Absence of the comprehensive approach also makes patients wonder who is in charge of their care. But patients should be careful of what's in a name. Not all facilities that call themselves comprehensive breast centers actually are. Coordinated care is key to the concept.

"It's not coordinated care [if] the diagnostic imaging is done separately," Kozlowski said. "Any questions, then the patient goes to a surgeon's office, which may be in a different location, and not all cases are discussed pre- and postsurgery."

Variation exists among comprehensive breast centers. The common characteristic among them all should be the ability to diagnose, treat, and follow patients. Multidisciplinary conferences also are a major component in this approach, discussing in detail what specialists find, ensuring that nothing is missed on pathology. Everything is covered regarding treatment, including neoadjuvant chemotherapy and radiation therapy if needed.

Knoxville Comprehensive Breast Center began operations 10 years ago. Its coordinated care approach includes multidisciplinary conferences that are attended by 100% of the specialists. As treatment of breast cancer has evolved over the years, the multidisciplinary approach has taken on new importance in covering various treatment options.

"With the recognition of the different tumor types, there are all kinds of different regimens," Kozlowski said. "All aspects of their treatment are covered by the specialists, and we're all communicating with each other. There's a consensus of opinion as far as each individual woman's treatment because it is so varied from one woman to the next."

One specialist that Kozlowski sees as absolutely necessary in a comprehensive breast center is a dedicated breast radiologist. And a necessary part of diagnosis is breast MRI in conjunction with mammography and ultrasound.

"The real foundation of a comprehensive breast care center is the diagnostics," Kozlowski said. "You really can't practice complete diagnostic breast care unless you have an MRI."

At Knoxville, all studies, including stereotactic, ultrasound, and MRI-guided biopsies, are completed on the same day. When a patient comes through for her diagnostic examination and further workup is needed, it is done immediately. By the time she leaves, she has the results. The radiologist provides the patient with an idea of what has been found, and the pathology results come within 24 to 48 hours. If the exam turns out to be negative, the patient knows before leaving the office.

The center also offers physical therapy offsite. A therapist will join the staff next year when a new comprehensive cancer center opens. A lymphedema specialist currently attends the multidisciplinary meetings. Patients at high risk for developing lymphedema, either before or after treatment, work with the physical therapist. In the future, the center will add wellness and nutrition programs.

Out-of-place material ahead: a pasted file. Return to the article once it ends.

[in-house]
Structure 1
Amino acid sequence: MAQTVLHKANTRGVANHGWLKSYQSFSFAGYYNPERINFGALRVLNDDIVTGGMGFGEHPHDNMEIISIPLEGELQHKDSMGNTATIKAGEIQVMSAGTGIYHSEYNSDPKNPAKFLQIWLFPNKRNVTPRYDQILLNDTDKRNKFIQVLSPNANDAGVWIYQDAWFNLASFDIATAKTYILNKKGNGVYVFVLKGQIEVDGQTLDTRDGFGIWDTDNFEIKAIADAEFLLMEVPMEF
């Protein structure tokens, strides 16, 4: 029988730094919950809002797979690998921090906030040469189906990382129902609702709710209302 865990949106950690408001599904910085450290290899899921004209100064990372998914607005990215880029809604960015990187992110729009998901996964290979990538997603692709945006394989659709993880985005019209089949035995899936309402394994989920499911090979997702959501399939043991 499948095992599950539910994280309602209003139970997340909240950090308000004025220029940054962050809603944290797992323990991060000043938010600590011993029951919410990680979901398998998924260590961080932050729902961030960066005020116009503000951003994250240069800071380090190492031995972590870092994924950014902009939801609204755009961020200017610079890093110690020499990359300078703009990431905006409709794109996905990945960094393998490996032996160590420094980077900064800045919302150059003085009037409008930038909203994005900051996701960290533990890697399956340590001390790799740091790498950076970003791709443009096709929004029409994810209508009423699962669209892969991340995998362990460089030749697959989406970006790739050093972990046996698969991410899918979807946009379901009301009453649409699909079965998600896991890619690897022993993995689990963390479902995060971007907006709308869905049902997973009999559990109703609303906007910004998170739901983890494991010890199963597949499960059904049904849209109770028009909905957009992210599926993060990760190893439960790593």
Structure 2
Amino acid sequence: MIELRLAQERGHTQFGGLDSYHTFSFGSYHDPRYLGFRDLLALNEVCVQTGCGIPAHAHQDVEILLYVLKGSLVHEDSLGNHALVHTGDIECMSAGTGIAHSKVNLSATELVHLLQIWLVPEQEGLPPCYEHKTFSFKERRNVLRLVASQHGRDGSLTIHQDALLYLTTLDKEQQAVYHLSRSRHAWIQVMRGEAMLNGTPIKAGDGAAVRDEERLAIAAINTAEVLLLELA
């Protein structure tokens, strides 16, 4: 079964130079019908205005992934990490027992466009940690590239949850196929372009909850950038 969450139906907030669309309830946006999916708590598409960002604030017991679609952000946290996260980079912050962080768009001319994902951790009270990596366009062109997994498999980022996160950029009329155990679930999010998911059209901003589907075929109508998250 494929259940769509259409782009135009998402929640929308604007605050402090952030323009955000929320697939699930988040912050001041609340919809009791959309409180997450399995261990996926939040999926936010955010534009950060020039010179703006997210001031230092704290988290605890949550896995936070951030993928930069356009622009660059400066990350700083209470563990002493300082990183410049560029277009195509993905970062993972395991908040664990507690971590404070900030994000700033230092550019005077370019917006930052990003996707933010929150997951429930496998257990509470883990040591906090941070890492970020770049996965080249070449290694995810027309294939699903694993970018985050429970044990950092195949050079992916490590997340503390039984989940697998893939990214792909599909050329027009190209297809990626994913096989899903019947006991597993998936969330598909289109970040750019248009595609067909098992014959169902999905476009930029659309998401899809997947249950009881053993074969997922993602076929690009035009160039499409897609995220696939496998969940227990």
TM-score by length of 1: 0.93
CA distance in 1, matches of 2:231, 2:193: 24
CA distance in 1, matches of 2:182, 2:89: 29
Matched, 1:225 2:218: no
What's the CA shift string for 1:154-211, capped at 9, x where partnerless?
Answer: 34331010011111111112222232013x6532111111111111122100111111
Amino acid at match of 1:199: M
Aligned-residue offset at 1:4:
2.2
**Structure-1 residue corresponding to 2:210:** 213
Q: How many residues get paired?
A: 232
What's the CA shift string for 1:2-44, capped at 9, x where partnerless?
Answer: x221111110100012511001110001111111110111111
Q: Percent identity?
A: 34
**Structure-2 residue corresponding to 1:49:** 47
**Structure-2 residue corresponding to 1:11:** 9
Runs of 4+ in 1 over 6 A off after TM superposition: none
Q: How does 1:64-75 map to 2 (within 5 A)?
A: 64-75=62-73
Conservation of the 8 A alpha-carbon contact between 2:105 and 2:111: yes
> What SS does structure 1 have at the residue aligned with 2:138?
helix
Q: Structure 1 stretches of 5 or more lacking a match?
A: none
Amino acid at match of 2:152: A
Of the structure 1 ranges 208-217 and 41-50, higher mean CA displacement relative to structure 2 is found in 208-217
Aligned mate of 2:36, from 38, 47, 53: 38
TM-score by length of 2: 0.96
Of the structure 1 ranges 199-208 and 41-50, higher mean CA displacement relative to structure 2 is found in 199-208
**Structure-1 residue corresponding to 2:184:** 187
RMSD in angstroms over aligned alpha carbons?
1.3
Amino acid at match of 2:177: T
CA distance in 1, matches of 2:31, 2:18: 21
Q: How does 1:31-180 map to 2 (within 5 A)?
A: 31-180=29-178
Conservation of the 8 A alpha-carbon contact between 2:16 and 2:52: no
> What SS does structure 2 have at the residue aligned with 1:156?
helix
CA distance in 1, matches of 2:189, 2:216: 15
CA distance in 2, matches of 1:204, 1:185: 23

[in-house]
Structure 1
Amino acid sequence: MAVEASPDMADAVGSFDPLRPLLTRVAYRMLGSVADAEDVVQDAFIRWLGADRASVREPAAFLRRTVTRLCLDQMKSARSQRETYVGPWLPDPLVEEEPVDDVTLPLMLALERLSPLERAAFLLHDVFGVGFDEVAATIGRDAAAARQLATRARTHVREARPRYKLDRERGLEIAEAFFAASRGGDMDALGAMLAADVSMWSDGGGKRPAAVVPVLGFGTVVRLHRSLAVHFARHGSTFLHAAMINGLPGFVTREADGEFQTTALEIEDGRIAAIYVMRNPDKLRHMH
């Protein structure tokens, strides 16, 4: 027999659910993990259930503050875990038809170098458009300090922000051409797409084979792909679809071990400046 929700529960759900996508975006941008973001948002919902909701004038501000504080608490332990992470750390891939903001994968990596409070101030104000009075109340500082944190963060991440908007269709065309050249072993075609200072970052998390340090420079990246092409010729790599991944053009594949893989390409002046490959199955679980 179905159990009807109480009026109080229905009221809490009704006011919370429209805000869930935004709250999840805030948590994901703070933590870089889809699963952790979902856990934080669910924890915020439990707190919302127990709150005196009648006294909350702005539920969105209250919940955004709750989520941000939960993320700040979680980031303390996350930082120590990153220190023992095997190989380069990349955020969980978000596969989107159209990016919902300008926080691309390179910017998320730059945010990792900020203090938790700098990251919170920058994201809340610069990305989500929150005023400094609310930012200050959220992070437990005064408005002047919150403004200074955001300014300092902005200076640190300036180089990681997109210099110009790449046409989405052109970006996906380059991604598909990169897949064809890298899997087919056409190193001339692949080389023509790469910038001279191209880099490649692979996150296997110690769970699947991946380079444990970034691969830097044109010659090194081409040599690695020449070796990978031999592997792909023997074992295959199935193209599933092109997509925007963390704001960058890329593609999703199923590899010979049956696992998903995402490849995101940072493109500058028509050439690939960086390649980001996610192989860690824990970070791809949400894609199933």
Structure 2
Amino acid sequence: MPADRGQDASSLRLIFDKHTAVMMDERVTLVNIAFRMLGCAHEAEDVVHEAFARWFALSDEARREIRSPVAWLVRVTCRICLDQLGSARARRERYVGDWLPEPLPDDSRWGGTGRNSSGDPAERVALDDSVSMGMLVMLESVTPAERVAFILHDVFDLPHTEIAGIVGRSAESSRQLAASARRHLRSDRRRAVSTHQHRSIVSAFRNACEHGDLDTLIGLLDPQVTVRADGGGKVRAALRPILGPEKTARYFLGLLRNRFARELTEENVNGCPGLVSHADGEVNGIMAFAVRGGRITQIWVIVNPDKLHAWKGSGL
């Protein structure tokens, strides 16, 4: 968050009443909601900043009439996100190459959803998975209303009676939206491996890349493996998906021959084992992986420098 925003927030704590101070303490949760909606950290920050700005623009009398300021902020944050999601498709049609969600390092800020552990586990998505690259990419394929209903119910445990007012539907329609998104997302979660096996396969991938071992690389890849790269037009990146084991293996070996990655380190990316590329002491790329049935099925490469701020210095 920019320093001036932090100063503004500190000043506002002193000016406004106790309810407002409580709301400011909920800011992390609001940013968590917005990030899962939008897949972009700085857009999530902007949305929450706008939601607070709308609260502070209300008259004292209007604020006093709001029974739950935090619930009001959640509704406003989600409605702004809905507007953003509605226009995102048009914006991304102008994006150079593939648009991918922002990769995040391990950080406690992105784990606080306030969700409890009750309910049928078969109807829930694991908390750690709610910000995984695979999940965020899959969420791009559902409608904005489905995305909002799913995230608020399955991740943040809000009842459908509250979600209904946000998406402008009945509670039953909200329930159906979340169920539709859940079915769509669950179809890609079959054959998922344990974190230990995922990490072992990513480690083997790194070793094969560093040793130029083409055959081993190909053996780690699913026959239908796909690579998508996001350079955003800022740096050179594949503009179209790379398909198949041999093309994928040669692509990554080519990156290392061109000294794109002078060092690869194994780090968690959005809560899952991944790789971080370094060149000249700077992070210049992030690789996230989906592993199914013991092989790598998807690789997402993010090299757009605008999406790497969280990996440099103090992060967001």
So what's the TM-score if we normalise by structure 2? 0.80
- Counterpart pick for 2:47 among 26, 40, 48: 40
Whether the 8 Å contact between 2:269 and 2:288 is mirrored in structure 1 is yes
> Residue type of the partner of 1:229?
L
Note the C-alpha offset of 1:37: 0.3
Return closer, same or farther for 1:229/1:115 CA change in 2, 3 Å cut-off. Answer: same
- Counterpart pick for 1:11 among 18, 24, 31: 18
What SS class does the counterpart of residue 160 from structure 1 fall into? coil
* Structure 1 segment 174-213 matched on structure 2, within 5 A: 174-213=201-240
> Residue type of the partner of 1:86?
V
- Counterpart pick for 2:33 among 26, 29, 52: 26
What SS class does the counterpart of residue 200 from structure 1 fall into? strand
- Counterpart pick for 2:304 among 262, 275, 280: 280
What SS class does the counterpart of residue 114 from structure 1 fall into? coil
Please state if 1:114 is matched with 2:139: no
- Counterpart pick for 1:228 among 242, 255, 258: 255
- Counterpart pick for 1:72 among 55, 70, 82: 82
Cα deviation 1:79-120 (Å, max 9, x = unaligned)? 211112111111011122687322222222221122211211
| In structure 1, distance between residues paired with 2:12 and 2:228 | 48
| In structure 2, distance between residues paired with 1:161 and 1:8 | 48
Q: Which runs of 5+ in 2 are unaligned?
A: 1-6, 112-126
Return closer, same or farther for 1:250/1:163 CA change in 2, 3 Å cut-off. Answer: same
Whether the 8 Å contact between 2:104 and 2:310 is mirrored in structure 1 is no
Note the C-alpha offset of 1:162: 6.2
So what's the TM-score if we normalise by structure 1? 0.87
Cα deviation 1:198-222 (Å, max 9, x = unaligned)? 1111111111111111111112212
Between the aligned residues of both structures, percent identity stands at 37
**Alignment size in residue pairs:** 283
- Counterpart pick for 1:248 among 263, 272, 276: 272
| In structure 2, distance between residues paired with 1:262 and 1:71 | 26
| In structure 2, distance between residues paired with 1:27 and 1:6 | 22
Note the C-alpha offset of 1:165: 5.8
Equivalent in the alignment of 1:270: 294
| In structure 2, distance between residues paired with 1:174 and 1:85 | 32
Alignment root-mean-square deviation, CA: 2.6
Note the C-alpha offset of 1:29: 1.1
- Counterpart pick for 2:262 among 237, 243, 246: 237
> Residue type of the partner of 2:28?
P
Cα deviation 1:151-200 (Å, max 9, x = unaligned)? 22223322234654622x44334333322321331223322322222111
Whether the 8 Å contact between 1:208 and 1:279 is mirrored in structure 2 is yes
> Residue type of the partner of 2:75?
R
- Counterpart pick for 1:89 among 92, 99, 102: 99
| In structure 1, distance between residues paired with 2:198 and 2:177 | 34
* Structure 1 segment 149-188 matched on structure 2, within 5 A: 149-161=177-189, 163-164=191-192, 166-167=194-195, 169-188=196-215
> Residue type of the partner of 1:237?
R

Personal experience

As a breast cancer survivor, Dr. Lillian Chou, a radiation oncologist at Radiation Oncology of the South Plains in Lubbock, TX, has a personal passion and commitment to offering the best comprehensive services to fight breast cancer. She is the first radiation oncologist to purchase a dedicated breast MRI scanner, and she has found that its contrast and resolution are superior to whole-body machines used for breast imaging.

Chou Lillian
β€œThis model ... with the community cancer center, the community breast center, and community imaging all in one is the future.” β€” Dr. Lillian Chou,
Radiation Oncology of the South Plains, Lubbock, TX

Chou's center does 150 to 180 mammograms per month, and offers walk-in mammograms. And with low volume, it can also perform breast MRI with a patient's appropriate diagnosis and insurance agreement.

In addition to digital mammography, ultrasound, breast biopsy, and breast MRI, the center has PET and CT scans for patients with invasive cancer. Chou's center is a private practice and uses community physicians.

"We participate in conferences at the hospital, so if there was any question about management, we can take our cases there to the conference, and there we have community doctors and the academic doctors," Chou said. "You can do consensus on difficult cases."

Chou started her breast center seven years ago with the idea of combining the comprehensive breast center with the cancer center and including other imaging like PET/CT.

"I think ... this model that I have with the community cancer center, the community breast center, and community imaging all in one is the future," Chou said. "It's just a matter of a mindset of getting the financial resources and the human resources to team up together, and it can be done in a community setting."

By Lin Muschlitz contributing writer
September 2, 2008